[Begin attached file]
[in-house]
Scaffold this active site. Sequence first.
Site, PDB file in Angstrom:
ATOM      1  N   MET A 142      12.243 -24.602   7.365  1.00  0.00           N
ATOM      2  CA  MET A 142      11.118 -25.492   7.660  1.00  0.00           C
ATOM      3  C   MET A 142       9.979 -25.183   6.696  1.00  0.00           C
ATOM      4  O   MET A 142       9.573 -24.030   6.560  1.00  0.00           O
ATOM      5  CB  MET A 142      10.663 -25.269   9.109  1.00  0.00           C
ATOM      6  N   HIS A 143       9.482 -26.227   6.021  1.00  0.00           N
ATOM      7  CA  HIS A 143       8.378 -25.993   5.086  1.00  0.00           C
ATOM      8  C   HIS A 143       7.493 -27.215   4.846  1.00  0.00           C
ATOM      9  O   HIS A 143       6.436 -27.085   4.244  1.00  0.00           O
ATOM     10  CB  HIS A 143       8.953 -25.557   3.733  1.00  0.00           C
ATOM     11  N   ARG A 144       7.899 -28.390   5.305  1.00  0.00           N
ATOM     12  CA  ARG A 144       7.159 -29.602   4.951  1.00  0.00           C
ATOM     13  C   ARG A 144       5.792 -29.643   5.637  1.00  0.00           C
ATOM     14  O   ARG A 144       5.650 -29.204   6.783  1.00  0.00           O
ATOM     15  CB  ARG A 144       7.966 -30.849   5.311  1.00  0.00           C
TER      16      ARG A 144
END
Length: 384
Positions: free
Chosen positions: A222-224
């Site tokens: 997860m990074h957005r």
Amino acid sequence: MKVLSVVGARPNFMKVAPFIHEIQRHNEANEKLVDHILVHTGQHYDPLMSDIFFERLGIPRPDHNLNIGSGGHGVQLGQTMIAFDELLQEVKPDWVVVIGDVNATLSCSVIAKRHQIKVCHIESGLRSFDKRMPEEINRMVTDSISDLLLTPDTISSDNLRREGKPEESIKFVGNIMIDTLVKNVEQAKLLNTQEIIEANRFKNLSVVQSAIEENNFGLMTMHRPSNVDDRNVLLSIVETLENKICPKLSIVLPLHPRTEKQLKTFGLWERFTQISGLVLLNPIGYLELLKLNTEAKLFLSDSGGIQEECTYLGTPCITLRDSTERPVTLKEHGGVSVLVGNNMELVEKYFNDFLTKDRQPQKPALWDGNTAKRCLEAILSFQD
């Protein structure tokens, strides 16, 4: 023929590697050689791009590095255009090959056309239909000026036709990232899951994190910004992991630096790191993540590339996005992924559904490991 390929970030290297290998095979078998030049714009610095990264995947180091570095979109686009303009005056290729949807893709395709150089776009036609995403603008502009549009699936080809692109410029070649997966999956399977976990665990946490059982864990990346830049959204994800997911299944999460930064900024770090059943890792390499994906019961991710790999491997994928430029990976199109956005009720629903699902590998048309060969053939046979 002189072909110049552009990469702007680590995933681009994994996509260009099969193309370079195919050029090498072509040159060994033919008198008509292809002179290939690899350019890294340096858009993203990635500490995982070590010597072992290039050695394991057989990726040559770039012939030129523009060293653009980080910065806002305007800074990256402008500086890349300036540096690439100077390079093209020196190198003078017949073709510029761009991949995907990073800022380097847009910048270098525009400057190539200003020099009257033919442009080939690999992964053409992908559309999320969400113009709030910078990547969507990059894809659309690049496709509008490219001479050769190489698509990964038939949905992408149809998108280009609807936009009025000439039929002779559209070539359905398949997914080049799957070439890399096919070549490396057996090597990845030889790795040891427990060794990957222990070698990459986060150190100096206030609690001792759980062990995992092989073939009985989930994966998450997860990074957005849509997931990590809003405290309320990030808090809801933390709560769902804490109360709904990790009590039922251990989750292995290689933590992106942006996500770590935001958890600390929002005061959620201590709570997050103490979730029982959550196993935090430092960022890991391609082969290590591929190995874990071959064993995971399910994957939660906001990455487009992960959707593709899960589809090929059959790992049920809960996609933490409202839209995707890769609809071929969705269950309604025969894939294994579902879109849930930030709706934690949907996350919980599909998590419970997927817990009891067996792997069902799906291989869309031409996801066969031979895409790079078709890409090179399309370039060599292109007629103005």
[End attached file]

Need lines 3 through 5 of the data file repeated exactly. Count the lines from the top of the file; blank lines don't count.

Site, PDB file in Angstrom:
ATOM      1  N   MET A 142      12.243 -24.602   7.365  1.00  0.00           N
ATOM      2  CA  MET A 142      11.118 -25.492   7.660  1.00  0.00           C